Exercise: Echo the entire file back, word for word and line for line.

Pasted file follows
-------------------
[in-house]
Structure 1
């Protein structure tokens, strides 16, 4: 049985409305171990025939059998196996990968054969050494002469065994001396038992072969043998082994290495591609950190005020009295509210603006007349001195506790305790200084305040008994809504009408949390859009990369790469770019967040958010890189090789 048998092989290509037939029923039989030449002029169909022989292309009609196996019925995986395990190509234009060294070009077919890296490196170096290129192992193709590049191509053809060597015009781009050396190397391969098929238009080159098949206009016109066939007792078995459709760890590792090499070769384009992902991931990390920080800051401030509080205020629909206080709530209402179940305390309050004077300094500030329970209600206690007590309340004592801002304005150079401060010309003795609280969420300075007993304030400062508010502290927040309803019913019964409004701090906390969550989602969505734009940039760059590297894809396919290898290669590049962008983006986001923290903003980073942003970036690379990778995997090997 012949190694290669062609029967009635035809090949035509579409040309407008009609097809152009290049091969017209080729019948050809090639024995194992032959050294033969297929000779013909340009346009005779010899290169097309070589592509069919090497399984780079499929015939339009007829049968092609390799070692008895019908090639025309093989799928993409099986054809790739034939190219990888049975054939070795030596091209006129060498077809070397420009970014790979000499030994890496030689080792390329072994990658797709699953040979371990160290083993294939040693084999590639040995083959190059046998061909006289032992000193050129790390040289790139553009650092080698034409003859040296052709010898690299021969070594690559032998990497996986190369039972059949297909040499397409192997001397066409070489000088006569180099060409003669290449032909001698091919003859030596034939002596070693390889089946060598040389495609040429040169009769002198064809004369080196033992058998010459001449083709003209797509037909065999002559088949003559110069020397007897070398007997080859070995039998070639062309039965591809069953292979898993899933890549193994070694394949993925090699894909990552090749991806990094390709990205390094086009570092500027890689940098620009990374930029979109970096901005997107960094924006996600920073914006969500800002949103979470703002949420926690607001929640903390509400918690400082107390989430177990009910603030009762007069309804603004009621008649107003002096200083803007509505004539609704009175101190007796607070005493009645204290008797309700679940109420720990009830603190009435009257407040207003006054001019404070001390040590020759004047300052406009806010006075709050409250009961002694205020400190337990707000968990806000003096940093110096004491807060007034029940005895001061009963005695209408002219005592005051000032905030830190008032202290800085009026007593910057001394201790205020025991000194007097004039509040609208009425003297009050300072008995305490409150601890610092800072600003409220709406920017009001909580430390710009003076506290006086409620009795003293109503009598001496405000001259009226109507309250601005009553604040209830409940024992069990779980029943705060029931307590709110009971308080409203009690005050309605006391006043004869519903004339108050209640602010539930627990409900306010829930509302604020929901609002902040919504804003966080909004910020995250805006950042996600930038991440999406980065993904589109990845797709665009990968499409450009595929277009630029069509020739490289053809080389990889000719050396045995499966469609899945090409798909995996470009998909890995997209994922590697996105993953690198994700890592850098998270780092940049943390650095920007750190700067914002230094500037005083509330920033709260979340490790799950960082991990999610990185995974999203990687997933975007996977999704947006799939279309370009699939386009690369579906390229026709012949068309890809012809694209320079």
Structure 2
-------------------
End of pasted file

[in-house]
Structure 1
């Protein structure tokens, strides 16, 4: 049985409305171990025939059998196996990968054969050494002469065994001396038992072969043998082994290495591609950190005020009295509210603006007349001195506790305790200084305040008994809504009408949390859009990369790469770019967040958010890189090789 048998092989290509037939029923039989030449002029169909022989292309009609196996019925995986395990190509234009060294070009077919890296490196170096290129192992193709590049191509053809060597015009781009050396190397391969098929238009080159098949206009016109066939007792078995459709760890590792090499070769384009992902991931990390920080800051401030509080205020629909206080709530209402179940305390309050004077300094500030329970209600206690007590309340004592801002304005150079401060010309003795609280969420300075007993304030400062508010502290927040309803019913019964409004701090906390969550989602969505734009940039760059590297894809396919290898290669590049962008983006986001923290903003980073942003970036690379990778995997090997 012949190694290669062609029967009635035809090949035509579409040309407008009609097809152009290049091969017209080729019948050809090639024995194992032959050294033969297929000779013909340009346009005779010899290169097309070589592509069919090497399984780079499929015939339009007829049968092609390799070692008895019908090639025309093989799928993409099986054809790739034939190219990888049975054939070795030596091209006129060498077809070397420009970014790979000499030994890496030689080792390329072994990658797709699953040979371990160290083993294939040693084999590639040995083959190059046998061909006289032992000193050129790390040289790139553009650092080698034409003859040296052709010898690299021969070594690559032998990497996986190369039972059949297909040499397409192997001397066409070489000088006569180099060409003669290449032909001698091919003859030596034939002596070693390889089946060598040389495609040429040169009769002198064809004369080196033992058998010459001449083709003209797509037909065999002559088949003559110069020397007897070398007997080859070995039998070639062309039965591809069953292979898993899933890549193994070694394949993925090699894909990552090749991806990094390709990205390094086009570092500027890689940098620009990374930029979109970096901005997107960094924006996600920073914006969500800002949103979470703002949420926690607001929640903390509400918690400082107390989430177990009910603030009762007069309804603004009621008649107003002096200083803007509505004539609704009175101190007796607070005493009645204290008797309700679940109420720990009830603190009435009257407040207003006054001019404070001390040590020759004047300052406009806010006075709050409250009961002694205020400190337990707000968990806000003096940093110096004491807060007034029940005895001061009963005695209408002219005592005051000032905030830190008032202290800085009026007593910057001394201790205020025991000194007097004039509040609208009425003297009050300072008995305490409150601890610092800072600003409220709406920017009001909580430390710009003076506290006086409620009795003293109503009598001496405000001259009226109507309250601005009553604040209830409940024992069990779980029943705060029931307590709110009971308080409203009690005050309605006391006043004869519903004339108050209640602010539930627990409900306010829930509302604020929901609002902040919504804003966080909004910020995250805006950042996600930038991440999406980065993904589109990845797709665009990968499409450009595929277009630029069509020739490289053809080389990889000719050396045995499966469609899945090409798909995996470009998909890995997209994922590697996105993953690198994700890592850098998270780092940049943390650095920007750190700067914002230094500037005083509330920033709260979340490790799950960082991990999610990185995974999203990687997933975007996977999704947006799939279309370009699939386009690369579906390229026709012949068309890809012809694209320079």
Structure 2